How does Australia define its security interests?
GILMORE: The recent promulgation of Defence White
Paper 2016 has helped to define what is a unique security
challenge for Australia. Our strategic planning recognizes
the regional and, indeed, global nature of Australia’s security interests — and the very different sets of challenges
that are created for the defense force by the behaviors of
states and non-state actors, such as terrorists.
There are six key drivers that shape Australia’s secu-
rity interests. The first is the roles of the United States
and China and the relationship between them, which
we see as a mix of cooperation and competition into
the future. The second is challenges to the stability of
a rules-based global order, competition between coun-
tries and major powers as they variously try to promote
their own interests outside established rules. The third
is the enduring threat of terrorism. A subset of that is
the spread of extremism, which is worsened by foreign
terrorist fighters who are returning to our shores. State
fragility is the fourth one, caused by uneven economic
Australia’s interoperability with the United States
promotes seamless security cooperation relationship
As the Australian Defence Attaché and head of the Australian Defence
Staff in Washington since January 2014, Royal Australian Navy (RAN)
Rear Adm. Steve Gilmore oversees the close defense relation-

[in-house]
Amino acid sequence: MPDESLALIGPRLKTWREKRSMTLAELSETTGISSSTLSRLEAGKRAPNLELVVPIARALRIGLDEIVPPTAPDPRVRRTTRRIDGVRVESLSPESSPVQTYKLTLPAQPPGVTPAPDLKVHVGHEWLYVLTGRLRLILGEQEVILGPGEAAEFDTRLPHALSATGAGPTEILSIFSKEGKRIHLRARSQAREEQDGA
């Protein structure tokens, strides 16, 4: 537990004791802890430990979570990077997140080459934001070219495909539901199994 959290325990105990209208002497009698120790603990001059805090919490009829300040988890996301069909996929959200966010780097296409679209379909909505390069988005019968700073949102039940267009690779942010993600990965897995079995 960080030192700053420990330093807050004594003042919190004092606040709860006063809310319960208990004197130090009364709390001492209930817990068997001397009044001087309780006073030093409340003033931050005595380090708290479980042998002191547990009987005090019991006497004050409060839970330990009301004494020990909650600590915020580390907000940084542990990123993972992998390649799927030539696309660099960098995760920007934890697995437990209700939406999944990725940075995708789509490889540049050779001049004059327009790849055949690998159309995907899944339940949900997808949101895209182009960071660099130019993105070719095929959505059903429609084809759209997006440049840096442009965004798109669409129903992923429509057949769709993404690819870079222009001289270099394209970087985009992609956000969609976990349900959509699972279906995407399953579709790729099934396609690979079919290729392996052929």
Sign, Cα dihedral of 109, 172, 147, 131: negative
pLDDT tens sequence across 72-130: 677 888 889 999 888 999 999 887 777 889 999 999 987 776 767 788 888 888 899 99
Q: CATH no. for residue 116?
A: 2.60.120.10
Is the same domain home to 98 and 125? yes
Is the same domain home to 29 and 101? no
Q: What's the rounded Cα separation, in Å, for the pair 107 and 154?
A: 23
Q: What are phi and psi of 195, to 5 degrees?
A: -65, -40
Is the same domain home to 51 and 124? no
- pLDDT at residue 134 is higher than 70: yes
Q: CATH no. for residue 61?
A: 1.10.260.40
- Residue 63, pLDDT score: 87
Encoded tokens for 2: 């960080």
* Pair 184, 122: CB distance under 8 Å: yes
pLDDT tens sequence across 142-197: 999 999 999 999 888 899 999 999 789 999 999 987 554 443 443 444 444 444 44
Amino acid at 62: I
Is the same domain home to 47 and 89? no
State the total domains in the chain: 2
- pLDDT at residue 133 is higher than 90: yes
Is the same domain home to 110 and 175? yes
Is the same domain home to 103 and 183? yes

ship between Australia and the United States.
An officer in the RAN since 1977, he has served in the crews of nine
warships, including as commanding officer of the Anzac-class frigate HMAS Arunta. Gilmore served as the RAN liaison officer to the
U.S. Navy Doctrine Command in Norfolk, Va., and upon returning to
Australia was posted to Maritime Headquarters as commander, Plans,
involved in the planning for all Australian Defence Force and RAN
operations and exercises involving major fleet units. He later served
as the director of Maritime Combat Development in the Capability
Systems Division of Australian Defence Headquarters.
Promoted to commodore in January 2005, Gilmore was appointed
director general, Navy Strategic Policy and Futures. He then was
selected to command Coalition Task Force 58 in the northern Persian
Gulf, and was responsible for the conduct of all maritime security operations. During this period, he served at sea on USS Antietam and USS Normandy. He became the commander of Navy Systems Command in September 2007 and was promoted to rear admiral in June 2008.
In October 2009, Gilmore was appointed commander, Australian Fleet, responsible for capability generation and
warfighting standards across all RAN submarines, surface ships and aircraft. He served as the deputy chief
of Joint Operations at Headquarters, Joint Operations Command, before assuming his current assignment.
Gilmore discussed Australian global interests and maritime operations with Managing Editor Richard R.
Burgess. Excerpts follow.
WWW.SEAPOWERMAGAZINE.ORG 30 SEAPOWER / JUNE 2016